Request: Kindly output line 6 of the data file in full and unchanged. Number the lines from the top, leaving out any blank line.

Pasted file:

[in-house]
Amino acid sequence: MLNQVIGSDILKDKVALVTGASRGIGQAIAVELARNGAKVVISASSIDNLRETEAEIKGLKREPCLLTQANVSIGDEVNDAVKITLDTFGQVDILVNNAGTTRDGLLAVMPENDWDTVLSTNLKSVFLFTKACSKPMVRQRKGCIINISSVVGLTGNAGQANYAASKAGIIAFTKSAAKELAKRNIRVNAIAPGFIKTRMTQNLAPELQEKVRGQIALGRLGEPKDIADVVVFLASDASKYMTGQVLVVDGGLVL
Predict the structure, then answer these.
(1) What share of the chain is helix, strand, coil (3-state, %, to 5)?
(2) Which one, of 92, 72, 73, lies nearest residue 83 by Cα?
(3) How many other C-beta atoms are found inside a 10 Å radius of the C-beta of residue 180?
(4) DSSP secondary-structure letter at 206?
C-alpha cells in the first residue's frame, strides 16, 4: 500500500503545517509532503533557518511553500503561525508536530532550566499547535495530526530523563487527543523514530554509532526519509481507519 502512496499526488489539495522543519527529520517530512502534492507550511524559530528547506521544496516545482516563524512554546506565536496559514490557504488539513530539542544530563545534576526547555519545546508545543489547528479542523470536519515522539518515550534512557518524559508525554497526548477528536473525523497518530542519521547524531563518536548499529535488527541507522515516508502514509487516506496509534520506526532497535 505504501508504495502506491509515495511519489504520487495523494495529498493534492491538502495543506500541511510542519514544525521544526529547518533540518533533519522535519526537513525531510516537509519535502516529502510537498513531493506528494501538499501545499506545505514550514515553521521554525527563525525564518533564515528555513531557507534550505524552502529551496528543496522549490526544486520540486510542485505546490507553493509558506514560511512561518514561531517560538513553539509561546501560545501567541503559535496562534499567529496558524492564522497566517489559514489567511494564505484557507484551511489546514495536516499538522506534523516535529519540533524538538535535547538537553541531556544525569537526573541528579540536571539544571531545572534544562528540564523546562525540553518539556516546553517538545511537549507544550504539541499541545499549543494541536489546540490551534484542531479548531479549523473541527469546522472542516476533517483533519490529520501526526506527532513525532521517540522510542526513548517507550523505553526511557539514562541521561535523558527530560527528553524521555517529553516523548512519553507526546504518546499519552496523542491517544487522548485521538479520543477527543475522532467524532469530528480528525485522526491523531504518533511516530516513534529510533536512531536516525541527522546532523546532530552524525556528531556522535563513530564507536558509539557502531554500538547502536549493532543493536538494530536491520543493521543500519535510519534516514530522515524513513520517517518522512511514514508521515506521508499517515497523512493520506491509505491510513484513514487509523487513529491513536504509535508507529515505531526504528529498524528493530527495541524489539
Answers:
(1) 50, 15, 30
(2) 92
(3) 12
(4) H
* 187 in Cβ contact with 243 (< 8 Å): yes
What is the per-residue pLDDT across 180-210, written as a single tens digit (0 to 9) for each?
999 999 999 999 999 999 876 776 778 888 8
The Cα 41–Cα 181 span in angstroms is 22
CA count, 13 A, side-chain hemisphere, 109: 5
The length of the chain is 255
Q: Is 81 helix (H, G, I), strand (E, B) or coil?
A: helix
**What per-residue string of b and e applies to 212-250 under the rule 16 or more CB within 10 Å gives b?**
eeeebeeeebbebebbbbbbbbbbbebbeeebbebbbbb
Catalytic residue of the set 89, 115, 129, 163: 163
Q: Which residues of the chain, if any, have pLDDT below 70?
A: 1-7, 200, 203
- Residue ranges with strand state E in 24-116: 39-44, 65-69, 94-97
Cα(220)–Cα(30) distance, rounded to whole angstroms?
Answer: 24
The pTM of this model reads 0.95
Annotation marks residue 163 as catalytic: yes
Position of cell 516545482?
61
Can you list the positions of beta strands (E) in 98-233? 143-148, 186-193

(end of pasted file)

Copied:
(3) How many other C-beta atoms are found inside a 10 Å radius of the C-beta of residue 180?